For many, the new year brings resolutions and the desire to get organized. But for some adults, staying focused and on task can be challenging. This is especially true for adults with ADHD (attention-deficit/hyperactivity disorder).
“People with ADHD tend to be easily distracted and have trouble managing time,” says Dr. Maggie Wilkes a psychiatrist with Roper St. Francis Behavioral Medicine.
The science behind ADHD offers an explanation.
“Those with ADHD have lower levels of dopamine, a chemical in the brain that helps us feel pleasure, reward and motivation,” says Dr. Wilkes. “Without the proper amount of dopamine, we look for more instant gratification. This desire for immediate feedback can distract us from achieving long-term goals.”
Adult ADHD can do more than sabotage a New Year’s resolution. When left unmanaged, it can affect work, finances and relationships.
Wilkes says it’s important to recognize ADHD symptoms—especially if they are affecting your life in a negative way—and talk with your doctor.
Recognizing adult ADHD
“Adulting” can be stressful, and the pressures of balancing work and family can be a lot to handle.
So how can you tell if your lack of focus or time-management problems are actually ADHD? First, says Dr. Wilkes, think back to your childhood.
Adults with ADHD likely had symptoms of the condition as children, whether or not they were diagnosed. In fact, clinicians who treat adult ADHD will ask about early childhood years before making an adult ADHD diagnosis.
Some symptoms you may recall include:
- Blurting out answers, talking nonstop or being constantly in motion
- Failing to finish schoolwork or other duties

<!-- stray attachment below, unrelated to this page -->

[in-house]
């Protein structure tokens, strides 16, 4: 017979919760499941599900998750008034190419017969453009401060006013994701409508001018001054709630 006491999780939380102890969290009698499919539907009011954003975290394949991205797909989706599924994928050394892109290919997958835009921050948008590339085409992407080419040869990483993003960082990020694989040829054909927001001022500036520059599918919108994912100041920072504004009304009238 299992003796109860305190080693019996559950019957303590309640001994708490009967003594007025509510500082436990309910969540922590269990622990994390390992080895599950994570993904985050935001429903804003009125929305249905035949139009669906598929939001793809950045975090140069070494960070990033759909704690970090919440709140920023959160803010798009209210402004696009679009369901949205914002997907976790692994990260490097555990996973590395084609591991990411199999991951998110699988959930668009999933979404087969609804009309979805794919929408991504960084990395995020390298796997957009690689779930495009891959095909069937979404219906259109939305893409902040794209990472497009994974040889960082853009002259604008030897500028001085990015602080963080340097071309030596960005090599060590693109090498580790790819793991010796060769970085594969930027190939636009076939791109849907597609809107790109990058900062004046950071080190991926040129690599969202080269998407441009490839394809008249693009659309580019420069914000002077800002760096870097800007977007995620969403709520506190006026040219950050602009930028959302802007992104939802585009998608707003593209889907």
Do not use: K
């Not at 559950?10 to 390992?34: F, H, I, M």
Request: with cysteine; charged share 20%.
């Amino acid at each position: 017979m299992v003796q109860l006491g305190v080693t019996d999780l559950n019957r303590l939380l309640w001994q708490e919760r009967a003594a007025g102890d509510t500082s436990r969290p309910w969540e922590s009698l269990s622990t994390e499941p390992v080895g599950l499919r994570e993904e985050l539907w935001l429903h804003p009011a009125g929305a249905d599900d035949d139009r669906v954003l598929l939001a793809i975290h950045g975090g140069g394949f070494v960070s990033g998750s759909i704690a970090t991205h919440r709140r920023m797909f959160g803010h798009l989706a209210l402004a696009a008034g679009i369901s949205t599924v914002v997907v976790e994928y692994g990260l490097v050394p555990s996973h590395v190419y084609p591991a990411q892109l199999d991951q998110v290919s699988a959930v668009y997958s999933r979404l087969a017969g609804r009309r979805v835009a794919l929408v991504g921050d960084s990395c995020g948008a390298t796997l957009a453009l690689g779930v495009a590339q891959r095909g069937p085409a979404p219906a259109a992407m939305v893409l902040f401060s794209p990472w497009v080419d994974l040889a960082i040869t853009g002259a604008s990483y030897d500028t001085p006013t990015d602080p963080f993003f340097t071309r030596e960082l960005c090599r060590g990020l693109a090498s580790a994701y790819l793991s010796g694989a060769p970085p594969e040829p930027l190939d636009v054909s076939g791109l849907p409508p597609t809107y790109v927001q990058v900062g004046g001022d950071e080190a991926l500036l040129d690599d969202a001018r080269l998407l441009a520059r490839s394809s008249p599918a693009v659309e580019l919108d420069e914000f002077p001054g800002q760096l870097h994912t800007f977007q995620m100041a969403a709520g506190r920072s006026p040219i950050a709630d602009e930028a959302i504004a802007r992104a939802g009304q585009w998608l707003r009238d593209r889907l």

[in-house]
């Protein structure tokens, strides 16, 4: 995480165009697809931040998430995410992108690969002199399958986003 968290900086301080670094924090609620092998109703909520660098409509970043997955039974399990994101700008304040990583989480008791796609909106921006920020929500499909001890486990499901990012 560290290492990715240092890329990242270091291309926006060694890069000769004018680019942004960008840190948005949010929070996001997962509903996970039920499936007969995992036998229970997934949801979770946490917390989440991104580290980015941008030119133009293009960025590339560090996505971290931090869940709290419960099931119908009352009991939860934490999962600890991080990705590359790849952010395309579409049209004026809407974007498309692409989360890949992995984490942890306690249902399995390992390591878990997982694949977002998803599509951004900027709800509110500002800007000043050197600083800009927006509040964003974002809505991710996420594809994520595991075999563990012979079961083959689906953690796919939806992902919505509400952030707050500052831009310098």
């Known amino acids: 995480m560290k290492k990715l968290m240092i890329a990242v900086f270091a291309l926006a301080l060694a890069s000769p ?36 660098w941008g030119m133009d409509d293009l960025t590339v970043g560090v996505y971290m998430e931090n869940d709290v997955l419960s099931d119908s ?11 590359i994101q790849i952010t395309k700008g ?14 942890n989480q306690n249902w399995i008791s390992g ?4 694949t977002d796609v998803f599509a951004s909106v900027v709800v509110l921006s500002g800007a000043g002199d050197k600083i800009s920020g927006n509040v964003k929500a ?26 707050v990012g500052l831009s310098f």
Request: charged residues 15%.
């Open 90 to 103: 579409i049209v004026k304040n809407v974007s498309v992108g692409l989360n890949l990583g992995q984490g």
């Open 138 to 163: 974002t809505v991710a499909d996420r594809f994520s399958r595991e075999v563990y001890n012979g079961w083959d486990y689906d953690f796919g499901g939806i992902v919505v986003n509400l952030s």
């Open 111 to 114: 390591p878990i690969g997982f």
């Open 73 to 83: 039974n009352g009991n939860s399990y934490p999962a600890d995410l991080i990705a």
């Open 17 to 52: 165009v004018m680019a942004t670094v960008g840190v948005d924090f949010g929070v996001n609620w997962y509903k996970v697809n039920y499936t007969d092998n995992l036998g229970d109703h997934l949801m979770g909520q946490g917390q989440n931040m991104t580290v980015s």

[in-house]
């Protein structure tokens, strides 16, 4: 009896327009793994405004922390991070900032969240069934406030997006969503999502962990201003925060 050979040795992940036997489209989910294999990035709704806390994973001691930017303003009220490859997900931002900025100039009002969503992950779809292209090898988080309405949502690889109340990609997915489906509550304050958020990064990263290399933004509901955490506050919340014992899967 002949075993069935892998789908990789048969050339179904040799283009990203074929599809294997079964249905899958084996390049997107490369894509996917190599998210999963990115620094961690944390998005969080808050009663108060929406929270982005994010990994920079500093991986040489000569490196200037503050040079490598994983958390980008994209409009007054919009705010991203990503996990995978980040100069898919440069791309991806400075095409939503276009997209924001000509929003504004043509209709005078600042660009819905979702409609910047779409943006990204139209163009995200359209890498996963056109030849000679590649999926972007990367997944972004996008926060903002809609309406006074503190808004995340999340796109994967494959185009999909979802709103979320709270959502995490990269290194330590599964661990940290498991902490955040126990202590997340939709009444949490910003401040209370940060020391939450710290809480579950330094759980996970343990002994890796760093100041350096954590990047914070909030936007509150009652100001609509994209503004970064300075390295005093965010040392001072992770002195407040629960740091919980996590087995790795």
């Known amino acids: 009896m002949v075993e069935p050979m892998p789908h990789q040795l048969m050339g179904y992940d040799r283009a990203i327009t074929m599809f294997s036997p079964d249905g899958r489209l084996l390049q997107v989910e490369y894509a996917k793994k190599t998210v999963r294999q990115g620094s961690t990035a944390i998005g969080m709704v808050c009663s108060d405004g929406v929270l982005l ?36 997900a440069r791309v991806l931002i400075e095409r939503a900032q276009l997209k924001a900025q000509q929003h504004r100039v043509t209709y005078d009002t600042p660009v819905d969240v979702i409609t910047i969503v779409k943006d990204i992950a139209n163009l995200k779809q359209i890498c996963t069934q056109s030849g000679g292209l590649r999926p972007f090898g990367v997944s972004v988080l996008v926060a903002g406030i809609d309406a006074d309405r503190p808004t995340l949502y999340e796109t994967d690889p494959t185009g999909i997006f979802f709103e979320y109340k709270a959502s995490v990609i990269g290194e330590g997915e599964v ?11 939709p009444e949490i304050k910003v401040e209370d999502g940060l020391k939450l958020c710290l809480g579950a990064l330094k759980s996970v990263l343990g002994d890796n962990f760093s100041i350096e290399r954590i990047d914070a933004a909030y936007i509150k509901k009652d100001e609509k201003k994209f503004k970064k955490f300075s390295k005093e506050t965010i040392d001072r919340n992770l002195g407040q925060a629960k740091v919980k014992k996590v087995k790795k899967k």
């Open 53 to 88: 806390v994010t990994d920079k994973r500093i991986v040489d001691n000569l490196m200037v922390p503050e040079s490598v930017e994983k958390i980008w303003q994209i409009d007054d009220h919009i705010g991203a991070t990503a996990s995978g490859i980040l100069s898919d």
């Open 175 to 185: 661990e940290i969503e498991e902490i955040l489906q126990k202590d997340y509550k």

- Having trouble organizing tasks and putting things in sequence
- Losing things necessary for specific tasks or activities, including school supplies
Adult ADHD can look different from the childhood version. The hyperactivity associated with childhood ADHD often decreases into adulthood, while symptoms such as inattention, impulsivity and disorganization persist.
Specific ADHD symptoms to look for as an adult include:
- Extreme restlessness
- Forgetfulness in day-to-day activities
- Inability to follow-through with instructions
- Inattention to detail
For adults with ADHD, these symptoms can combine with others to impact marriages, friendships and careers.
Develop skills to cope with ADHD
Some adults with ADHD benefit from medication combined with therapy. People with ADHD can also develop skills to manage symptoms better.
Dr. Wilkes recommends five coping skills for adults with ADHD:
- Break larger tasks into smaller ones. A large project—like organizing the garage—can feel overwhelming. Break this up into several smaller tasks that feel more manageable.
- Create routines. If you’ve resolved to stay ahead of your laundry, then create a daily routine that helps you reach this goal. You can do this by adding a laundry-related task to one of your established practices. For example, if you make coffee each morning, plan to throw in a load of laundry while it is brewing. Over time, this routine will become a habit.
- Dedicate time to organization. Schedule time each day to get organized and use a timer to stay on task. Whether it’s clearing your inbox at work or sorting mail at home, dedicating time to organization can help to reduce messy distractions.
- Exercise. Daily exercise can reduce stress, which can help to boost concentration and attentiveness.
- Say no. Don’t agree to do everything that’s asked of you. Be thoughtful about what you say yes to. Check your schedule first. Doing this will help you feel less stressed and improve your ability to accomplish your goals.
“These coping skills would be helpful to anyone—not just someone living with ADHD,” says Wilkes. “But adults with ADHD can feel a great deal of accomplishment by developing skills that eliminate chaos and make them feel more in control.”
If you have trouble coping with your ADHD symptoms, it may be time to seek help.
To connect with a doctor at Roper St. Francis Healthcare, call 843-402-CARE (2273) or search our online physician directory.